Some of the early shortcomings could be put down to teething troubles. But at Celebration’s core was nostalgia, making the last two cornerstones, “sense of place” and “sense of community”, the most important. Celebration certainly feels different from the rest of American suburbia. Disney invested in building the downtown area so it would be open the day the first families moved in. It commissioned famous architects to build the town hall, the post office, the cinema and other communal buildings. It invited doctors to live in the town so there would be, for example, an optometrist. It located the town centre, quaintly, in the centre of town even though putting it by the highway would have made more economic sense.

Yet the cinema, a towering faux-art-deco edifice designed by César Pelli has been closed for several years. Locals complained that the downtown lacked basic necessities such as a hardware store or a hairdresser. The small town-centre grocery store shut too, replaced by a big-box supermarket by the highway. The downtown area, which was sold by Disney in 2004, is in poor repair. One block of flats is being entirely renovated, another is held up by wooden support columns, a third is covered with tarpaulin to prevent leaks. Residents of the downtown condominiums complain that they face huge extra fees for repairs despite having paid for maintenance. A lawsuit is in the works.

To the extent that Celebration can boast of a sense of place, it is opposition to Osceola county, of which it forms a part, where median incomes are about half as big. Celebration voted for Donald Trump; both the district and county it is in voted Democrat. Celebration is cute and orderly; the surrounding areas are covered in strip malls and fast-food chains. The median house price in Celebration is $345,700, more than twice that of the nearest town and far higher than any other settlement in the county, according to Zillow, a real-estate company.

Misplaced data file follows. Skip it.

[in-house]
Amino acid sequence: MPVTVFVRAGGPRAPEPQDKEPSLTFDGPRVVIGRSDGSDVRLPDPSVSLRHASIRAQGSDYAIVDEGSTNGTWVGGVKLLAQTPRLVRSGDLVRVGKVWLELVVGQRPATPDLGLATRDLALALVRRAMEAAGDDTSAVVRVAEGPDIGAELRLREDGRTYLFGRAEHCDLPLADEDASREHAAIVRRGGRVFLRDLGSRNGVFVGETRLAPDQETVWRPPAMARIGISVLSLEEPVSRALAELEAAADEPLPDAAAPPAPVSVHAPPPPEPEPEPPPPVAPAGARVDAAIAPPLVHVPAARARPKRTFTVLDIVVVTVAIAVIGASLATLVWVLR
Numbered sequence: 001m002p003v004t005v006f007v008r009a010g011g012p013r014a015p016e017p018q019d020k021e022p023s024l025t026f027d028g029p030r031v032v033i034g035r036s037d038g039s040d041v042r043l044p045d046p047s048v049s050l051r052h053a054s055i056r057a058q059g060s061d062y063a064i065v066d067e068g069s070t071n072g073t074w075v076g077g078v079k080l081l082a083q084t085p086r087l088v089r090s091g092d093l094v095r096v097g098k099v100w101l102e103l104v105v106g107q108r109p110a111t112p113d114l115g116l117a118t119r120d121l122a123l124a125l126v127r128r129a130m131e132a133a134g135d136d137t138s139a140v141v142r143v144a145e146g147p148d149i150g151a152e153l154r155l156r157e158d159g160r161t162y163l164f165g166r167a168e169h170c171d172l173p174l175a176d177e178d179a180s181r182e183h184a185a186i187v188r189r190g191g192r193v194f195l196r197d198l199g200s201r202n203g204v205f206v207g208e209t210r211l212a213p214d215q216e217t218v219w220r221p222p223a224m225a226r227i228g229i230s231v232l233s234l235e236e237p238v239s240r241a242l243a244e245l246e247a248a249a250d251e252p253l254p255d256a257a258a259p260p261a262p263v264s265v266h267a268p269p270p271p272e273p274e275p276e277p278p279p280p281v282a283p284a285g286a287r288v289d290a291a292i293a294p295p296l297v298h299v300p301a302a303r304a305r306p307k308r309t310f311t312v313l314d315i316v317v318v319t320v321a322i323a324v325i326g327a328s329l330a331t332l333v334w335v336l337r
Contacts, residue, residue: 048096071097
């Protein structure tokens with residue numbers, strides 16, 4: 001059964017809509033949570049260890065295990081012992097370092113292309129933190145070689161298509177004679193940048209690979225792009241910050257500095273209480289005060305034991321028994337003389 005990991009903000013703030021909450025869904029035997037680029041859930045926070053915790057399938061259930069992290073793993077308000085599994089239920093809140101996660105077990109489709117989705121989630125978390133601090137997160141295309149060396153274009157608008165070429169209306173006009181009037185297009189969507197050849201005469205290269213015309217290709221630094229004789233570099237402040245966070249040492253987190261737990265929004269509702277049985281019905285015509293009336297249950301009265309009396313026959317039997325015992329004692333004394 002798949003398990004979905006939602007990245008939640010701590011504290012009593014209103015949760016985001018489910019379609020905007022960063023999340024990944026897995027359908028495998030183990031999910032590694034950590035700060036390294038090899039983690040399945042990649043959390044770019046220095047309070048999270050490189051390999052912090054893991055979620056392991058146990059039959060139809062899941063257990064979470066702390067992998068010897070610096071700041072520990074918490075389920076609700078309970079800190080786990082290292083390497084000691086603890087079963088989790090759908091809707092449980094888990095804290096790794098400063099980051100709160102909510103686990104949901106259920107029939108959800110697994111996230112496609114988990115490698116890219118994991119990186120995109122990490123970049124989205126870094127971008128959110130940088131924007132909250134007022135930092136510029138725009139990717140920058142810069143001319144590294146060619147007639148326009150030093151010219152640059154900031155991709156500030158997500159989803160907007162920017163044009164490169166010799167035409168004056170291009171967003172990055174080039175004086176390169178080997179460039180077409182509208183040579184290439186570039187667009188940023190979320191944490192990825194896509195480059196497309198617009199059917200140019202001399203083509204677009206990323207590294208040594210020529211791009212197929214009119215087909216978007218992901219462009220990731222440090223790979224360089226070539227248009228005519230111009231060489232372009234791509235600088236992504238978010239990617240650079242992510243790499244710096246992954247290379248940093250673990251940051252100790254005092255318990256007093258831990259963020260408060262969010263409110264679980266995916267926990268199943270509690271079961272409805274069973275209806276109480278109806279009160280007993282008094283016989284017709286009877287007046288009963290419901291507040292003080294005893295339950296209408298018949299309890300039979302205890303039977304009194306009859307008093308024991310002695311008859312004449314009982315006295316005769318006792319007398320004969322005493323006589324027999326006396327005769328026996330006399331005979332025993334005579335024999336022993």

The disparity has tugged away at the communal ethos Disney hoped to foster. Old-timers talk up shared experiences, the town foundation that helps out the poor, the many community groups. Newer residents are less enthused. Many parents send their children to private schools elsewhere, blaming an influx of kids from outside Celebration. A quarter of pupils at Celebration School and two-thirds at Celebration High School qualify for free or subsidised lunches, a proxy for poverty. Many of them come from the nearby Highway 192, where motels have turned into rent-by-the-week homes for transient minimum-wage workers.

The well-intentioned hope to recreate some version of America’s past has been defeated by the country’s present. The parks, pools and playgrounds in Celebration belong to the residents’ association and are off-limits to non-residents. Sitting on a park bench is considered trespassing. Residents complain about tourists peeking over their fences or the thousands of children from neighbouring areas who descend on them at Halloween. Celebration was founded by Disney on the principle of openness—the school and utilities are public, and the county sheriff’s office provides police patrols. Yet it has become a gated community, just without the gates.

In Disneyworld

Yet for all its failings, Celebration has changed America. It provided a prototype for mixed-use development that encouraged more permissive zoning laws, says Robert Steuteville of the Congress for the New Urbanism. Baldwin Park, a successful residential development with a commercial heart, in nearby Orlando, was a refinement of the idea. Celebration demonstrated that suburban cities could market themselves to house-buyers by evoking urbanity. These days almost all suburban developers talk about “place-making” and “urban-style” living, and fostering a sense of community. Celebration got them talking that way.